Posted by: LJ | Wednesday, January 17, 2007

The Iraqis need at least two more elections before they're going to get a decent political class going (though every Iraqi government elected is going to be less incompetent than its predecessor). We need to stick it out and stay for that transition, though the manner of our staying should change. Coincidentally, it is in the current plan for it to change already so I'm fairly happy on that front.

The armed forces and the police know that it's going to take quite a long time for them to be trained up to something competent so they're going to support our staying.

I see us going from dominant to shared fighting to being a reserve force to just a training force over the next two years. That training force is going to be in Iraq for the next two decades until Iraq has a US trained general staff that can live up to their full potential.

As 'the americans' confine themselves to barracks and then to the academies, the perception will be that we have 'left' Iraq. We won't have. But we will still have victory.

Posted by: TM Lutas | Wednesday, January 17, 2007

I like the fact that we have kept both sides on their toes, whether deliberate or not. While their focused on each other, they have less time to ponder how much we suck. Ultimately that was what taking out Saddam's regime was about, pre-empting a problem that was to occur sooner or later in order to have some input on its resolution. WMD, the UN sanction, anything else was the pretext (WMD being a poorly chosen pretext).

Posted by: ElamBend | Wednesday, January 17, 2007

LJ,

"A Crusader/Zionist/Shia alliance to destroy the Sunnis. Just today, the Saudis told Bush that once the US withdrawals from Iraq, the Saudis will back the Iraqi Sunni population against Mahdi Army and the Iranians."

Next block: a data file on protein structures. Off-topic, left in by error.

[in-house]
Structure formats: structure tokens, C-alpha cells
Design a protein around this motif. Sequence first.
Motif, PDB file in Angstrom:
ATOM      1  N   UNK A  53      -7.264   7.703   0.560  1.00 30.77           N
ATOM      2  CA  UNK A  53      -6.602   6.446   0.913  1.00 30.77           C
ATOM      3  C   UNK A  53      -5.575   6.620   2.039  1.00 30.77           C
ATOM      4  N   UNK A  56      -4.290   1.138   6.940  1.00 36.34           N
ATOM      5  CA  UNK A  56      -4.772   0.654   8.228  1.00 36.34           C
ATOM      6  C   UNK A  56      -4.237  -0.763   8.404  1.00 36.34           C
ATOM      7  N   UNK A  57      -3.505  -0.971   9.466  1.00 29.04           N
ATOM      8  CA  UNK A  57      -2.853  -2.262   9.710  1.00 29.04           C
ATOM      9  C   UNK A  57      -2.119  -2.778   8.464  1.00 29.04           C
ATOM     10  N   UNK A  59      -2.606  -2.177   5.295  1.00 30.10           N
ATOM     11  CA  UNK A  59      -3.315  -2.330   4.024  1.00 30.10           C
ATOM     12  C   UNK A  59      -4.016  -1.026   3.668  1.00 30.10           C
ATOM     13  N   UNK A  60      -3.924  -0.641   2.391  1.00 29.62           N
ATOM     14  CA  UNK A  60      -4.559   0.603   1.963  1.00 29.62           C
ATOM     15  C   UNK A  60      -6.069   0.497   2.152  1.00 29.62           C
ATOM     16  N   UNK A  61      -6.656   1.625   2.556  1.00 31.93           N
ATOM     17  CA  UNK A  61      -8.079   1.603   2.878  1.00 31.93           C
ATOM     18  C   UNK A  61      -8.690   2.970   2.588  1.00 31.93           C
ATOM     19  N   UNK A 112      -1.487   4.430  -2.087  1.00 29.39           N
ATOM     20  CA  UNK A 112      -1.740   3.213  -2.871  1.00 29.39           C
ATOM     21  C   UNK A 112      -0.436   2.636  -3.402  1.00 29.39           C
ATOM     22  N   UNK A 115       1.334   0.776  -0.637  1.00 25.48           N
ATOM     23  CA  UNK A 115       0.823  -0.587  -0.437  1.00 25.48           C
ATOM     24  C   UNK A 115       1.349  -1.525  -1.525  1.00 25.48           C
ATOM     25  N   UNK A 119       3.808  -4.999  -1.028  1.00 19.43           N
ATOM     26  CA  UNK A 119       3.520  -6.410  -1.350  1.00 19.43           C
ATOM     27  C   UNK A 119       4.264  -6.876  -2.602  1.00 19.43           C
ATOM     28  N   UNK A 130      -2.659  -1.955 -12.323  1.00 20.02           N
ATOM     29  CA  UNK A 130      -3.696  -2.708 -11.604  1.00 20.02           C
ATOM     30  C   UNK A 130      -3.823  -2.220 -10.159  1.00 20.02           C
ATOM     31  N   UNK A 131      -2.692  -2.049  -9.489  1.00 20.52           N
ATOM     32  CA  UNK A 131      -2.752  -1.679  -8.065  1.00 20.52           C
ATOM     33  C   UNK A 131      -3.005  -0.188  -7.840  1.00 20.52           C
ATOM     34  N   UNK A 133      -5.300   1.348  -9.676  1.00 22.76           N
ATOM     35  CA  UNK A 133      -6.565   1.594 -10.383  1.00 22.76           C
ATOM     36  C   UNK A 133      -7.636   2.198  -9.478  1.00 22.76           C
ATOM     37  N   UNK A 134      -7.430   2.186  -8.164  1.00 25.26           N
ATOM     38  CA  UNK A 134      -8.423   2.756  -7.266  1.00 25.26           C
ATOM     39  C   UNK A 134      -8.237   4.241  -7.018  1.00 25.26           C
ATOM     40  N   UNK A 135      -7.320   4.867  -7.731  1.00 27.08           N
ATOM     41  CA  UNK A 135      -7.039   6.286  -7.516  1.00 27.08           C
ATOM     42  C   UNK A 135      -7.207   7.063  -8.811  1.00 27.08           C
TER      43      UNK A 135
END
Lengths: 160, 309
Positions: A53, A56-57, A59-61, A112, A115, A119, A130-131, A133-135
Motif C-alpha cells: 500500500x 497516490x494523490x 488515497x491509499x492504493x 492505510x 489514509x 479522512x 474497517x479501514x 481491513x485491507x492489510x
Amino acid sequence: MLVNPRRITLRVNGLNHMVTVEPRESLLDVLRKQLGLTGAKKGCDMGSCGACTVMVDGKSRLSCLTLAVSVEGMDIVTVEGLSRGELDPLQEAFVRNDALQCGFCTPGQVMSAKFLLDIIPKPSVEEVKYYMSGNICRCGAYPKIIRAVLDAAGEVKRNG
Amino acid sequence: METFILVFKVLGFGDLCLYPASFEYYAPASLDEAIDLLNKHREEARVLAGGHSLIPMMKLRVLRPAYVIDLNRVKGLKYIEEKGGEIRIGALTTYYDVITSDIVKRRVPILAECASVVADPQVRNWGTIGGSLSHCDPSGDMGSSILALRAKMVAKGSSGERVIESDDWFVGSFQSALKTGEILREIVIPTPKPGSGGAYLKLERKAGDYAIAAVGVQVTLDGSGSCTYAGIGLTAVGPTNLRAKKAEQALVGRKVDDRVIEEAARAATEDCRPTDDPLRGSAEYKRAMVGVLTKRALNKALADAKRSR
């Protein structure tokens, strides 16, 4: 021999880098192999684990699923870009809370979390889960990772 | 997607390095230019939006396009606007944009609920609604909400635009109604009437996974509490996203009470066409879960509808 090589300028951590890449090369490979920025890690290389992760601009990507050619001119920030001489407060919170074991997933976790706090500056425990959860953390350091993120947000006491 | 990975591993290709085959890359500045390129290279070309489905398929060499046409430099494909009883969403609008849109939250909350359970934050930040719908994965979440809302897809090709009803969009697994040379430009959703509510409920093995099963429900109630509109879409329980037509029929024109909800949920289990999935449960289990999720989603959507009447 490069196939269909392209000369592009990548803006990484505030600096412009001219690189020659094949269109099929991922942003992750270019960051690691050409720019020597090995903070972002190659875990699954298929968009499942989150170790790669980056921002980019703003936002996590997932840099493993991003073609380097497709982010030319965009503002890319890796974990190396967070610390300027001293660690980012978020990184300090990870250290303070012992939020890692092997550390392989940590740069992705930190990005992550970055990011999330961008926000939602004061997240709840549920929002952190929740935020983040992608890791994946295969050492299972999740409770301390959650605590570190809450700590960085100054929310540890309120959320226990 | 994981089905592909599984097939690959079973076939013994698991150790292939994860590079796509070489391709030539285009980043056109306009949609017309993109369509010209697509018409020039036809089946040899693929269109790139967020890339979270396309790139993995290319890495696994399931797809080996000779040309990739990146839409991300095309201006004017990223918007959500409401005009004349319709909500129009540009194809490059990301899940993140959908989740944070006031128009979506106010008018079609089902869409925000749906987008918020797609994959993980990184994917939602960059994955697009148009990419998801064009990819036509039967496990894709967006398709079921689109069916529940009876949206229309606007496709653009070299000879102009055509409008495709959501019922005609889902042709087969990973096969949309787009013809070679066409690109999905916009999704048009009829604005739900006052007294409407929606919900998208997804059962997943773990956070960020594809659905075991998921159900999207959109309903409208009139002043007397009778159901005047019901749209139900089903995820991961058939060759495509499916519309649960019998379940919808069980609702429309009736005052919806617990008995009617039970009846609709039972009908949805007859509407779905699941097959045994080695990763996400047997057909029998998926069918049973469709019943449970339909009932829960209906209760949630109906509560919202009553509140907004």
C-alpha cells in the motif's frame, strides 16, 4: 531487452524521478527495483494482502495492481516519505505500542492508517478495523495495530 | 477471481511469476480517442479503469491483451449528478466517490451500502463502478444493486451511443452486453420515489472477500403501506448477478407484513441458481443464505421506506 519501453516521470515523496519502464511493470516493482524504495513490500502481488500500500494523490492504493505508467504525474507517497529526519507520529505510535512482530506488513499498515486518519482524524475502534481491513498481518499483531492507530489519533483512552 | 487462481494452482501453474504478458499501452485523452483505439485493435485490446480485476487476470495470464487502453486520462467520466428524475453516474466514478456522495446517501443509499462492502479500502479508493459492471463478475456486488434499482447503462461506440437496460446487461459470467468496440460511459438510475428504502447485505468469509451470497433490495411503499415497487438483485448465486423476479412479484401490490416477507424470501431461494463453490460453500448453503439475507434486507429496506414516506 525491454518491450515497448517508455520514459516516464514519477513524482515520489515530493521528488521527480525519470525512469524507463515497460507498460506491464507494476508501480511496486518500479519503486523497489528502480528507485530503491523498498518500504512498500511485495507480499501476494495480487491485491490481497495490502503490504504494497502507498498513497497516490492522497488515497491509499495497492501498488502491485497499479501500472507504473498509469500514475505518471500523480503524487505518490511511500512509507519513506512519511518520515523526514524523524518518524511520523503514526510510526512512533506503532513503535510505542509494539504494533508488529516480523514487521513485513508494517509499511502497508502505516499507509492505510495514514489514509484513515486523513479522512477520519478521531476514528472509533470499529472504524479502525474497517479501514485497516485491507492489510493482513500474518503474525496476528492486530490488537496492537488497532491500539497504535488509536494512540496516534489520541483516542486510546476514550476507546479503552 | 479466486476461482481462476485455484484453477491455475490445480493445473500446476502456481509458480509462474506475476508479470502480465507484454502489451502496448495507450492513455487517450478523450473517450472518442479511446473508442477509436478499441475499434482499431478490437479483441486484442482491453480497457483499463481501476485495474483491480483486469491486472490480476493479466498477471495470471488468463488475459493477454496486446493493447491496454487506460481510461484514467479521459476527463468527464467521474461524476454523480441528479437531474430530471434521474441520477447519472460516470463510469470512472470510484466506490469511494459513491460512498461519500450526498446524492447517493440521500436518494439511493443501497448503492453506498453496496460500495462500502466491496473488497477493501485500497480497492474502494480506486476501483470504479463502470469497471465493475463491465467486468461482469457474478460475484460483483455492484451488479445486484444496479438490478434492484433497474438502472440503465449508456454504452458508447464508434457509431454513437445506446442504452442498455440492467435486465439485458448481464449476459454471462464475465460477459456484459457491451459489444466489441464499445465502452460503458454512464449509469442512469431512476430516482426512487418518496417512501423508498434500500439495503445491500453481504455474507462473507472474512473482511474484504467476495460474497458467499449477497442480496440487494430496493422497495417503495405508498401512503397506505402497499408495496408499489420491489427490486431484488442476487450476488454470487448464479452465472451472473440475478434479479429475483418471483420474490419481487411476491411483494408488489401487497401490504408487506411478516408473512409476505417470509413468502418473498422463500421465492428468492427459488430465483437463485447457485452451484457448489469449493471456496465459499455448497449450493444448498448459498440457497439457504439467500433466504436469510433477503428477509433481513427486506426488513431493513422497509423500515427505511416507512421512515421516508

The more the Sunnis fight, the faster and more complete Iraq's ethnic cleansing of them will be. Like the Russians of the former Soviet Union or the Serbs of the former Yugoslavia, a continuation of hostilities means a deterioration in position.

It would of course be nonsensical to attempt to build an Imamate by destroying the world's Sunni's population, but we can establish that actions have consequences. The Sunni Arabs have, for half a century, gone from one anti-Western ideology (Nationalist-Socialist-Secularism) to another (Secretarian-Totalitarian-Fundementalim). Sadly, because we were focused on the Soviets in the Cold War, we let them go away with this. The whole world saw Naser's triumphs and the West's failure in Suez. The whole world saw the nationalization of industries and the socializaton of civil society. The whole world saw the Sunni Arabs' success.

Now the whole world sees their failures. Their catastrophic loss of a state. That Iran, Israel, and America are able to meddle so freely may or may not make a propaganda difference (Sunni Arab hostility to the West far preceeds 9/11). However, it demonstrates that their formula for success is terribly, terribly arry.

"That could very easily spiral into a Iranian/Iraqi vs. Saudi/Jordanian(?) war."

Neither Saudi Arabia or Jordan are able to project conventional force. America, Israel, and Iran are.

PS: I like your blog.

TM,

"I see us going from dominant to shared fighting to being a reserve force to just a training force over the next two years."

I hope so. But given Bush's dreams of attacking the largest political parties in Iraq (SCIRI, the Sadr Bloc, now apparently the Kurds, etc), I can't be sure.

ElamBend,